My wife used to compliment me whenever I communicated in Mandarin. She doesn’t anymore.
Not that there’s anything wrong with that though, because I couldn’t speak it back then and I could now carry a decent conversion using the language. In a short few years, she got used to hearing me speak in Mandarin (or at least my version of it).
It’s interesting isn’t it – How our perception changes our reaction to the same facts. Me being able to learn a language I wasn’t born with should be remarkable. Yet, at some point or another, everyone who knows me will get used to it.
I was thinking just now whether there’s an amount of wealth we could deem it enough to live off of. A million dollars? Ten? If I ask you now, you could probably give me a number, but would you still think it’s enough by the time you actually have that much money?
My Own Story
Then, I remembered my own perception of money and how it changed over the years. Back when I was a kid, I remember getting $40 a month and asking my mom why I had to do all those chores and homework assignments while my grandfather just seemed to sign a few pieces of paper and get $4,000 a month. In reality, I had no idea how much money my grandfather made but $4,000 just sounded like an incredibly high number and appropriate for me to pose the question.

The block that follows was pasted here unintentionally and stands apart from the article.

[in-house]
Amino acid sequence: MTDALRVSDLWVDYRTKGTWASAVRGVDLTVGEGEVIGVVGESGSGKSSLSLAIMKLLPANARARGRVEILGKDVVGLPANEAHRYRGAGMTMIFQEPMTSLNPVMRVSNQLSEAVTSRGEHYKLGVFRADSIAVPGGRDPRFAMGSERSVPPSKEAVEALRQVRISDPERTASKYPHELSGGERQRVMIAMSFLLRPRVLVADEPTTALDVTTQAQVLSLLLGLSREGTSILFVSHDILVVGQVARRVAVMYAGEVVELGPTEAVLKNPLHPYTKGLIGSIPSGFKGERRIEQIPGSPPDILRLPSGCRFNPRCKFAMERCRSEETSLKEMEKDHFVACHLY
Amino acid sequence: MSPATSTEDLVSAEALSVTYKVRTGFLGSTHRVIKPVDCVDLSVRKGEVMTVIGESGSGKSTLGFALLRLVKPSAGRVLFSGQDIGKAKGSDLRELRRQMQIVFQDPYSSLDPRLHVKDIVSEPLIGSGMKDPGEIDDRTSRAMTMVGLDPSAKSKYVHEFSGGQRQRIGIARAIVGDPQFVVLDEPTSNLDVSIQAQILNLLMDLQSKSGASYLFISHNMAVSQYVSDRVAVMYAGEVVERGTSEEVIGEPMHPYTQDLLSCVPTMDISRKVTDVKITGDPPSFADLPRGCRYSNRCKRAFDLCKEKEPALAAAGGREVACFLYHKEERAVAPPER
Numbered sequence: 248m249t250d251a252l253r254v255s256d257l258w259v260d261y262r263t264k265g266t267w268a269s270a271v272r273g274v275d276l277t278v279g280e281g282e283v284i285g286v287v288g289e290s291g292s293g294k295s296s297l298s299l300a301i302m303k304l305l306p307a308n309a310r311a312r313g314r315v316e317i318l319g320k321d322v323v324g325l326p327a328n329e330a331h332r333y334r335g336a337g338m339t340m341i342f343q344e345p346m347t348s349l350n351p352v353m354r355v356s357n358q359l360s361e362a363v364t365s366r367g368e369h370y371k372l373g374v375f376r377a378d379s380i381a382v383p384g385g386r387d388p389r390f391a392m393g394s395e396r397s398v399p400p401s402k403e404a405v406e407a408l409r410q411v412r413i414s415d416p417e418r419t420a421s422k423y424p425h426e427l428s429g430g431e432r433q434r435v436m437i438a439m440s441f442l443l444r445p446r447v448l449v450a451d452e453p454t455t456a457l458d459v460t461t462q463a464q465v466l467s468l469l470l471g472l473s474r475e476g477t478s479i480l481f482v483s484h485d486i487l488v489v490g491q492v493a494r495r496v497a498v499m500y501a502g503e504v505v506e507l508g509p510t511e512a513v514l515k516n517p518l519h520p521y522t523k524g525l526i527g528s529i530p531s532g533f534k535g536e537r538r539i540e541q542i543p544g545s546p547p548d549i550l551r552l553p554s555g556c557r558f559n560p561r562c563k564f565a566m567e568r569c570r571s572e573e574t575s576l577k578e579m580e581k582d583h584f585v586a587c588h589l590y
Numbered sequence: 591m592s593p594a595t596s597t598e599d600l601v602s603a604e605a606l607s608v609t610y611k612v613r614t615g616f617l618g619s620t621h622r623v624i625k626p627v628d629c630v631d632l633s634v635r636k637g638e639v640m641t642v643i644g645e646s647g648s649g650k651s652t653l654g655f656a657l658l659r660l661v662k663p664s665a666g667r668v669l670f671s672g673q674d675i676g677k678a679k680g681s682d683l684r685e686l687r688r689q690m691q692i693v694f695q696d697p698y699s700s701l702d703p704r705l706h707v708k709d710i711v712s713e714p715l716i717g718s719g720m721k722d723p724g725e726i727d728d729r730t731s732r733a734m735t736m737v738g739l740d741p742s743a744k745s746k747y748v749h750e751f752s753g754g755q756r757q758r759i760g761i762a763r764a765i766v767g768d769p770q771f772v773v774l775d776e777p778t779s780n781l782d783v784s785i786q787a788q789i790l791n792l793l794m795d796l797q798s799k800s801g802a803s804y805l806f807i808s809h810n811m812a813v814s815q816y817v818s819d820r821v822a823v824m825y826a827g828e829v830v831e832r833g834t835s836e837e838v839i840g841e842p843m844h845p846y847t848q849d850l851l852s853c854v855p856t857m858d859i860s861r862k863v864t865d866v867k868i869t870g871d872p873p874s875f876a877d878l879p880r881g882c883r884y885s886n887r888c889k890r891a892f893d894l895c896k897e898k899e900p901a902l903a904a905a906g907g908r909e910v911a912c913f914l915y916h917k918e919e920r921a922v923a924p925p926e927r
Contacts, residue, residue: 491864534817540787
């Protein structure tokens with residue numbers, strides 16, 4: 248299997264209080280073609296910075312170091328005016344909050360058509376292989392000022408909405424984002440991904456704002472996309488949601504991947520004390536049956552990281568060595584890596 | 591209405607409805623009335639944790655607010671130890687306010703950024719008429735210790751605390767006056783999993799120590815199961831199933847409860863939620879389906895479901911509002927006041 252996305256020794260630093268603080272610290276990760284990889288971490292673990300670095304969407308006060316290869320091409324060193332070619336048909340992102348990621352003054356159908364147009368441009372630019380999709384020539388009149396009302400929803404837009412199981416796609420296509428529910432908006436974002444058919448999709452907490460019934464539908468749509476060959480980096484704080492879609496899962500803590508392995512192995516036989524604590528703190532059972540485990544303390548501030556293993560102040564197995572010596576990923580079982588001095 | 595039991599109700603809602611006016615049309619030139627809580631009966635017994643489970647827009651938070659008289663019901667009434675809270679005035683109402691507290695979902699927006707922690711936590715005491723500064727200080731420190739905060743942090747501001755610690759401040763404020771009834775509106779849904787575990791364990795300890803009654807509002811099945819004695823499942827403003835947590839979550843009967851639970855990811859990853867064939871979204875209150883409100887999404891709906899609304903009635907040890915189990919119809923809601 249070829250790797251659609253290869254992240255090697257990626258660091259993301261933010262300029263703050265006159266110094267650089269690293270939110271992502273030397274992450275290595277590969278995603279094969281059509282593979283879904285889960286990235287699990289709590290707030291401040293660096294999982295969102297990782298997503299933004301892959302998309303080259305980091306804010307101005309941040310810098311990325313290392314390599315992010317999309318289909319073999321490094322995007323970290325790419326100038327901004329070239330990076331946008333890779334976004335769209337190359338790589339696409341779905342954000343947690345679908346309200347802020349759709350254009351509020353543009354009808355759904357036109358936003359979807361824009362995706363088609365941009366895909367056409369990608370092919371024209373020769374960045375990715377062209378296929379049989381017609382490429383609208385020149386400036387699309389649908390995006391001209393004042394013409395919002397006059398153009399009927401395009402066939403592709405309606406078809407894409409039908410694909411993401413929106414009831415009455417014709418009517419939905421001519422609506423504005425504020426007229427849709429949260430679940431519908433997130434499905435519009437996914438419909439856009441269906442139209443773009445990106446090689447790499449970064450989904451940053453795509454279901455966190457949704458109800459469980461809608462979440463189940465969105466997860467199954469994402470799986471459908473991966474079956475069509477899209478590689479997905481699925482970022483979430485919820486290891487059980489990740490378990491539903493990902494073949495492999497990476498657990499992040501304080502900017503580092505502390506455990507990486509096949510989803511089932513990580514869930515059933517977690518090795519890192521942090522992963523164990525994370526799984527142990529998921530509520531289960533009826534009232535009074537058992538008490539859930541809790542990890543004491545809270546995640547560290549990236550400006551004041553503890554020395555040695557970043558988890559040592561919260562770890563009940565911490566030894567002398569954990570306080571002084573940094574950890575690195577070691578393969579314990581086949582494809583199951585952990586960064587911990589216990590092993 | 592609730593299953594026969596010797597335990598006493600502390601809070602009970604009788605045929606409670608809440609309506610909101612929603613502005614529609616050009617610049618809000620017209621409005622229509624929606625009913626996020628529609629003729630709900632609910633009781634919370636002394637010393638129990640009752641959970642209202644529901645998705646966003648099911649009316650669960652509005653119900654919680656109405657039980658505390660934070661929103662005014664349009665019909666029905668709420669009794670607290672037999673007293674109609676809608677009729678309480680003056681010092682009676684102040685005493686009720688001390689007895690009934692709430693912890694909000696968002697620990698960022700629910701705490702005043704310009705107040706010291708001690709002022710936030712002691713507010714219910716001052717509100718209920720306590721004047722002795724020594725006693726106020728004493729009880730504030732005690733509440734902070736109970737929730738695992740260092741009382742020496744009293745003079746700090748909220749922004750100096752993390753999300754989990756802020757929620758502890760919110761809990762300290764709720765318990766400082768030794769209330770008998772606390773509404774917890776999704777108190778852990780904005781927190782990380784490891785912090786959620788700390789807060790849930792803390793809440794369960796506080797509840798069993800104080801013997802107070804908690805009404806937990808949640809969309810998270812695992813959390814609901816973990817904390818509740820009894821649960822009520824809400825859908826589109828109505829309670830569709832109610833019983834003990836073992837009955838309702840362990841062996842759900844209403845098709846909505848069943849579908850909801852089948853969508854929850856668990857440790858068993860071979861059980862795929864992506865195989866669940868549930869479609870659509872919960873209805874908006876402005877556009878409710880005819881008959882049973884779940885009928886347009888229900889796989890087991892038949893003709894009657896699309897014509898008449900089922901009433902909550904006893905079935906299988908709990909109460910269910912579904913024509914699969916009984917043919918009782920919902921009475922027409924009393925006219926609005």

Then when I got out of college, I was making a couple thousand dollars a month. I was the happiest person. I was spending and there didn’t seem like much I couldn’t really buy. As I got older, the amount on my paycheck grew, but I never got HAPPIER because of it. I got used to the increases. I expected it.
Everyone around me was the same. No matter how much wealth they’ve amassed, they shrugged it off as if none of it mattered. You would think that it’s appropriate for many of them to celebrate, but they have already set their sights on the next goal. If they thought $1 million was enough, only $5 million would do now.
Our Mind Evolves
Our expectations change constantly, so how could we possibly be content with what we have? $50k a year might be your annual income goal when you were in college, but you’re already thinking about $60k or $70k by the time you are making $48,000 a year. When you make $90k, you probably wanted $120k.
The answer is actually quite simple. Set concrete goals (write them down if you have to), then celebrate whenever you reach them. This is extremely straightforward, but it works. Make a conscious effort to stop raising the bar until you reach each one.
Question for You
Did you set yourself a financial goal but already made another one by the time you were close to reaching the first? If so, slow down my friend. Give yourself time to be happy by stopping to smell the roses. Otherwise, you might unknowingly drive over all those beautiful gardens as you zoom past everything.
You don’t want to look back at your life and see a big pile of smoke.